A guide to fiber content in yarn

A guide to fiber content in yarn
13. December 2017 Knit Wit Company
In Inspiration, Tips & tricks

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En guide til fiberindhold i garn

Have you ever tried to knit a cardigan using alpaca yarn, and been surprised by how warm the yarn actually is? Then you’re not alone. All fibers in yarn have different properties, and it can be incredibly helpful to know some of these properties – which are soft, light, heavy, warm, itchy and so on.

Here, we give you a mini guide for some of the mostly used yarn fibers.

Wool

The good ol’ classic – wool! We all know about wool, and for many, wool has a bad reputation for being itchy. But don’t worry, not all wool makes you itch and scratch!

There’s a big difference between the finished yarn-product depending on which animal the wool comes from. There’s variations in fiber length and coarseness – as a rule, the long, coarse fibers are more itchy than short fibers. But on the other hand, the long fibers keep better and they are better dealing with water. The short fibers, like merino, are really soft, but can ‘shed’ and should be treated with care. Wool is mainly generated from sheep – but rabbits, bison, yaks and many other animals shed their fur for a good yarn skein.

Since pure wool is perfect for felting, you should always wash wool by hand. You can, though, get versions in superwash, which have been treated in a manner that makes them suitable for machine washing. These are perfect for baby clothes, for example.

Wool has very high warmth and insulation properties and is therefore a matter of fact for the winter months.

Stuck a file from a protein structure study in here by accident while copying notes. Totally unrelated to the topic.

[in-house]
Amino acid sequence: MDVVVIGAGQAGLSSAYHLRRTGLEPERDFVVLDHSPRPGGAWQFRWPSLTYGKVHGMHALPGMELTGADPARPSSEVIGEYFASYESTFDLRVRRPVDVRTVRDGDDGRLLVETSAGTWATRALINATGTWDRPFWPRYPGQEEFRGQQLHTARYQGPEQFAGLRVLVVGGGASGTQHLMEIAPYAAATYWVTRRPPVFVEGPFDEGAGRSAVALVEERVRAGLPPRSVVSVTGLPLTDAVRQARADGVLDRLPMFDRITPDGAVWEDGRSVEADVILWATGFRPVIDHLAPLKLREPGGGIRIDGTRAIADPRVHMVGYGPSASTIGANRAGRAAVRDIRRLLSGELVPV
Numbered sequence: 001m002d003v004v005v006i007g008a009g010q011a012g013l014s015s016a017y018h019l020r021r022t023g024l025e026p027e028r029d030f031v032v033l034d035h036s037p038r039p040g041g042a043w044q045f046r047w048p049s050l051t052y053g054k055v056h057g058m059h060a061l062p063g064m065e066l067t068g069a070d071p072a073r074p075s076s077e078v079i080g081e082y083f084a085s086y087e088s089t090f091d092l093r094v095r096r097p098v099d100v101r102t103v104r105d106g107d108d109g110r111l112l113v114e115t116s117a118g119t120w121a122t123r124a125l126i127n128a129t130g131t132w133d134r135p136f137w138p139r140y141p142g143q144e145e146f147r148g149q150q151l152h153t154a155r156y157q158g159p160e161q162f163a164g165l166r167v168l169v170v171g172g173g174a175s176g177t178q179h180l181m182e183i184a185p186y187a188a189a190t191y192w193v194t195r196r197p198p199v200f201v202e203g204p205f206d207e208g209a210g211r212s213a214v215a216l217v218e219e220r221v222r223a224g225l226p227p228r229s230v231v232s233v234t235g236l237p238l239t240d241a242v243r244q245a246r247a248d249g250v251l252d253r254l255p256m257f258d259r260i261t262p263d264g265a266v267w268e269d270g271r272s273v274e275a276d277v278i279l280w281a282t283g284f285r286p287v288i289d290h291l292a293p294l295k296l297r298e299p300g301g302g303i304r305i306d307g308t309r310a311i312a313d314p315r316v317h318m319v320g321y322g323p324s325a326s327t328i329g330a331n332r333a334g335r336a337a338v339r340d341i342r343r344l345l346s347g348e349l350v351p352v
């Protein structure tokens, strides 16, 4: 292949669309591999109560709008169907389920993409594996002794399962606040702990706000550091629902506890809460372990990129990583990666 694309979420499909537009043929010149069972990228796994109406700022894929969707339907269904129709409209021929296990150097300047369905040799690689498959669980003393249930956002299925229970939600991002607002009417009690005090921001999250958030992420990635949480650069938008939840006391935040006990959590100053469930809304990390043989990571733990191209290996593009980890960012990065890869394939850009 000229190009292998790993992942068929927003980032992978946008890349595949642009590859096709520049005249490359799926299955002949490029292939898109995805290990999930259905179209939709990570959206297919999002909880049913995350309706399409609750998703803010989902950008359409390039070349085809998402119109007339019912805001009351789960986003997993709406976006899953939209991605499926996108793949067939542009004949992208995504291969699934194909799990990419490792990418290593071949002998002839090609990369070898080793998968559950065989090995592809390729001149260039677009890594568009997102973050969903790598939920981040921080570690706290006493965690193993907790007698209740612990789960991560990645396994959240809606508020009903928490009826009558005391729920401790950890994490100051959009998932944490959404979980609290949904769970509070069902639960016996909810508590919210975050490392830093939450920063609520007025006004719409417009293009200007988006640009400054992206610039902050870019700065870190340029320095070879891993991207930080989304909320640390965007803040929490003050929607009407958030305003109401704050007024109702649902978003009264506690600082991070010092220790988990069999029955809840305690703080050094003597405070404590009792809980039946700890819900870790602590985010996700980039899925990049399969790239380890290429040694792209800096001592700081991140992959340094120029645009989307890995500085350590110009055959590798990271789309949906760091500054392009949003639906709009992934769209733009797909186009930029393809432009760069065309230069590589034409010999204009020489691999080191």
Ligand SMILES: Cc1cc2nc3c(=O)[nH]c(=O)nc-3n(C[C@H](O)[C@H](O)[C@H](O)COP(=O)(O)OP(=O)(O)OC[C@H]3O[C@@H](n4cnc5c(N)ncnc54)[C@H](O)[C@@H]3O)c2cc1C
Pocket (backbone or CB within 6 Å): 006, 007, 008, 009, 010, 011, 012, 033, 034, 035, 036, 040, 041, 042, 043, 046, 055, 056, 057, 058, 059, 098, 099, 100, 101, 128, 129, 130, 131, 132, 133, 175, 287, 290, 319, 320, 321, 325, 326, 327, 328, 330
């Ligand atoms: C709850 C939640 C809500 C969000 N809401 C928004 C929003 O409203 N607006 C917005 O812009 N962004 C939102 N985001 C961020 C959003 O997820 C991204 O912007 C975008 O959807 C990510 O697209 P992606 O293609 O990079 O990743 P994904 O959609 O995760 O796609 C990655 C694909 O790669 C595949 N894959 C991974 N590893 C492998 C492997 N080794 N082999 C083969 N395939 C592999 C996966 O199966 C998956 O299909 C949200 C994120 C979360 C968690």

Alpaca

An alpaca is related to the llama, and some species have amazingly soft fibers. So that’s why the alpaca yarn is obviously perfect for knitwear. Alpaca is warmer than wool, but also has a tendency to be a bit prickly.

Cotton

Like there are different types of sheep and alpacas, there are different species cotton, which will provide different properties in yarn. But overall, cotton is lightweight and cool, partially because cotton is really good at absorbing moisture.

Cotton can be found in both super soft and scratchy versions, but the common denominator for all cottons is that, unlike wool that has a high level of elasticity, cotton does not really give. Further, you can get mercerized cotton, which has a shiny surface.

Because of it’s cooling effect and light weight, cotton is perfect for spring and summer – and is also very often used for accessories like handbags.

Silk

Silk yarn is so yummy! It’s made of fibers from the shell of the cocoon from the silk butterfly. One single thread can be many, many meters long.

In yarn, you often see that silk is mixed with another fiber (fx cotton) in order to create a yarn that combines elasticity, durability and shine.

Silk is incredibly soft and holds color really well. It also the amazing property of keeping you warm when it’s cold, and keeping you cool when it’s warm.

Silk is further known to be as luxurious as fx cashmere.

Linen

A much more coarse yarn, which gives A LOT, when used in knitwear. It’s actually rather airy and breathable, so perfect for the summer.

Cashmere

Pure luxury! That’s what you get with cashmere. It’s made from super soft cotton from a spcial species of goat. It’s incredibly soft and strong, but need to be treated with care, qua the luxuriousness and value.

Synthetic yarn

In this guide, we’ve focused mainly on natural fibers, but we can’t forget about the synthetic fibers, since they have a massive presence in the uarn market – and they can be used for so many different purposes.

The most known synthetic fibers are acrylic, polyester and nylon. We naturally prefer to knit with natural yarns, but we can also see the brilliance in adding synthetic fibers, so you get better shaping, fx, or you can machine wash the finished project. Further, you will also see elasthan and poly glitter in yarns, which provide effects that can’t be found in all-natural yarns.

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